Global change starts at a local and personal level, according to Martin Luther King III.
“The journey of a thousand miles begins with a first step,” King said to the collected SUNY Canton audience. “We can be part of the change or we can choose not to be a part of it.”
King, the eldest son of famed civil rights icon Martin Luther King Jr., was the featured speaker for Black History Month at the College. His inspirational speech advocated education, affordable health care, and high qualities of life while encouraging a modest lifestyle in order to obtain personal satisfaction. “We spend our time learning how to make a living, but if we spent our time making a life we would have no trouble making a living,” he said.
He mentioned his father’s vision and referenced the famed “I have a dream” speech delivered August 28, 1963 on the steps of the Lincoln Memorial in Washington D.C. According to King, there are three evils that the nation must overcome: poverty, racism, and militarism. He said despite tremendous strides, that his father’s vision and his dream had not yet been fulfilled.
His lecture resonated with college students and the greater community alike. Student Cooperative Alliance President Jennifer P. Bernadotte said that hearing King speak profoundly impacted her view on her personal life. “He encouraged me to stride for more accomplishments in my own life, to be my best.” she said. “It was the experience of a lifetime.”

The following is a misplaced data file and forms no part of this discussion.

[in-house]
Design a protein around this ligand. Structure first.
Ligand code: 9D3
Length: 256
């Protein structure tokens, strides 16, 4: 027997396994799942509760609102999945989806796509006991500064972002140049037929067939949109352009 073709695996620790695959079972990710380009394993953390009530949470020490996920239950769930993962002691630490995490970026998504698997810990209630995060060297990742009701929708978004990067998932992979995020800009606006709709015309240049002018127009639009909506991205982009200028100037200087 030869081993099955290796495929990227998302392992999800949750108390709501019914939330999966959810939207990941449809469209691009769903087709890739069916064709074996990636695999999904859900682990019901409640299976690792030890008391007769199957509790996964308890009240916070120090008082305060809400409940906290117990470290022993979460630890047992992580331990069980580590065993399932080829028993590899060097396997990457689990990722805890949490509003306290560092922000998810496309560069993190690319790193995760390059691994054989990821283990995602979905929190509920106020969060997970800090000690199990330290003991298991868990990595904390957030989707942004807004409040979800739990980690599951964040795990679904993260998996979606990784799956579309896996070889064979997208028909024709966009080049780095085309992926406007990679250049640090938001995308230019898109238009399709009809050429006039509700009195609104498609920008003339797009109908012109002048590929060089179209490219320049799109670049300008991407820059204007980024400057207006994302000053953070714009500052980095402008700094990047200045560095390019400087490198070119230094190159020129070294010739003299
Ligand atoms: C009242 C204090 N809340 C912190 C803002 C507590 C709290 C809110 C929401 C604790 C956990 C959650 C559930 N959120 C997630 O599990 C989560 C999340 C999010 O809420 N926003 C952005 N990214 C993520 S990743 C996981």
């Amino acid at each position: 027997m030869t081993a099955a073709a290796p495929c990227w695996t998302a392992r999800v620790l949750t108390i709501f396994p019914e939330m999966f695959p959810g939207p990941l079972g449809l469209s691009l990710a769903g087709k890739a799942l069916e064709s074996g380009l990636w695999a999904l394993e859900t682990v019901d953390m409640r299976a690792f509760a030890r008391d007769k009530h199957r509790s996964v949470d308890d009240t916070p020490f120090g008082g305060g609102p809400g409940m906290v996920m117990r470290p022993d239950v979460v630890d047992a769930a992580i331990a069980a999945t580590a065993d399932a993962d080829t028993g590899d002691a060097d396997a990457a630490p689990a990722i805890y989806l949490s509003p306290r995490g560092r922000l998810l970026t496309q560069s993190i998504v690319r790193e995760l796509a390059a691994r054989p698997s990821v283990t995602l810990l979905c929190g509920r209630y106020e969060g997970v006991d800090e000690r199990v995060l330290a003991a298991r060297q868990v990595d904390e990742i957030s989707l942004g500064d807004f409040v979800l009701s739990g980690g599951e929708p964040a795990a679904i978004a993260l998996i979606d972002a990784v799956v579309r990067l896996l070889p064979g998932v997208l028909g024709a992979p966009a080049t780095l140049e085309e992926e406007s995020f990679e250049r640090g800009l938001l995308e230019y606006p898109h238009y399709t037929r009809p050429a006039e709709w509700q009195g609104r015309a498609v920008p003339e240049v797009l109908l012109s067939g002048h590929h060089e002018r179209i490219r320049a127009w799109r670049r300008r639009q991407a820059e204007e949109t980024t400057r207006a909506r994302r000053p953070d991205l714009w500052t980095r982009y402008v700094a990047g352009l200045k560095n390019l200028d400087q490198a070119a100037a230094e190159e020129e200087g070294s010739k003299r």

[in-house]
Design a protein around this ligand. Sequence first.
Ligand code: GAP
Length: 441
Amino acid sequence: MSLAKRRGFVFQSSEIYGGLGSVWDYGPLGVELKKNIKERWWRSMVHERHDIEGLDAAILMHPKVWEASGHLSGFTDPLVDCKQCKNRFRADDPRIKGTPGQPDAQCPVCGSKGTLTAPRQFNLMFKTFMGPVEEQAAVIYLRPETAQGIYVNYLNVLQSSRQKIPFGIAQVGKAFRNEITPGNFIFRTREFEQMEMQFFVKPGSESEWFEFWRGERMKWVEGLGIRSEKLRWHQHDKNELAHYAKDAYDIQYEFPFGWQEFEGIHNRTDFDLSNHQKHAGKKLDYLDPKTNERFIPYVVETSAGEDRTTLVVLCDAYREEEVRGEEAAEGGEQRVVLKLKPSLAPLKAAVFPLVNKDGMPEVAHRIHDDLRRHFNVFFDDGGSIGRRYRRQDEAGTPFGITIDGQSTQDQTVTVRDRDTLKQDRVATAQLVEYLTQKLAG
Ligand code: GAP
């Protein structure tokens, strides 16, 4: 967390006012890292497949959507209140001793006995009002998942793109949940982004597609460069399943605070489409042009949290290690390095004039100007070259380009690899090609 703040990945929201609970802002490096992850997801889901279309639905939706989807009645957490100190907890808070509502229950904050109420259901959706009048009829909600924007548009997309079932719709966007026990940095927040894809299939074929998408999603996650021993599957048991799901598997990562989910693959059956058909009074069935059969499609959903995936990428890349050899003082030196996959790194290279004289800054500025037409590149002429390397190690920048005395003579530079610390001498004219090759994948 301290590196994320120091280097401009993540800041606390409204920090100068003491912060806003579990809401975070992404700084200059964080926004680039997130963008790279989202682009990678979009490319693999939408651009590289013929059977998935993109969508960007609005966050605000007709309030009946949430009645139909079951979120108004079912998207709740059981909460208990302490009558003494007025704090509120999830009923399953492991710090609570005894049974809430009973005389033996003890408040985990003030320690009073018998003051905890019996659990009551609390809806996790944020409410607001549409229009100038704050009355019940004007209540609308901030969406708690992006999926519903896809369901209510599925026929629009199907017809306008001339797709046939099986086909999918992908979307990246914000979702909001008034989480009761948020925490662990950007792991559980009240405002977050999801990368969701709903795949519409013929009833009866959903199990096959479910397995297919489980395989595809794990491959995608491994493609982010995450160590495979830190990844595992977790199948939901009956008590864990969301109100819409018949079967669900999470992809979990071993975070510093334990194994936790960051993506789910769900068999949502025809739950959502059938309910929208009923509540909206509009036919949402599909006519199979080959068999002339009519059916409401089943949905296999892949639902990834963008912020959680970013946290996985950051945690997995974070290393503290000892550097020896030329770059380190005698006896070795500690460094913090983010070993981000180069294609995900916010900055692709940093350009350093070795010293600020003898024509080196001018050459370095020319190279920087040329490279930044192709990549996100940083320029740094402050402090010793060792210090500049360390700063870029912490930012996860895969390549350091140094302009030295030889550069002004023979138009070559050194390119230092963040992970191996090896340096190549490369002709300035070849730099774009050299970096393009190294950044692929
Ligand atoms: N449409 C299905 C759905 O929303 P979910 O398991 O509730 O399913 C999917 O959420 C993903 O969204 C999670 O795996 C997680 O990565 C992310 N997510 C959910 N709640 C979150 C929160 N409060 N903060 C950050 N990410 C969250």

King also advocated social involvement and support for global efforts, including relief for Haiti. “I don’t know that we’ve seen a tragedy in this hemisphere quite like the one in Haiti,” he said. “Yet somehow you see Haitian people overcoming these incredible odds. It is amazing to see these people, who basically have nothing, and yet somehow are so thankful that they were somehow spared even though they have to start all over again. It should really be an inspiration to all of us.”
As the founding president and chief executive officer of Realizing the Dream, Inc., King strives to continue the work started by his parents. His presentation at SUNY Canton was an outreach effort to continue his family’s legacy and vision.
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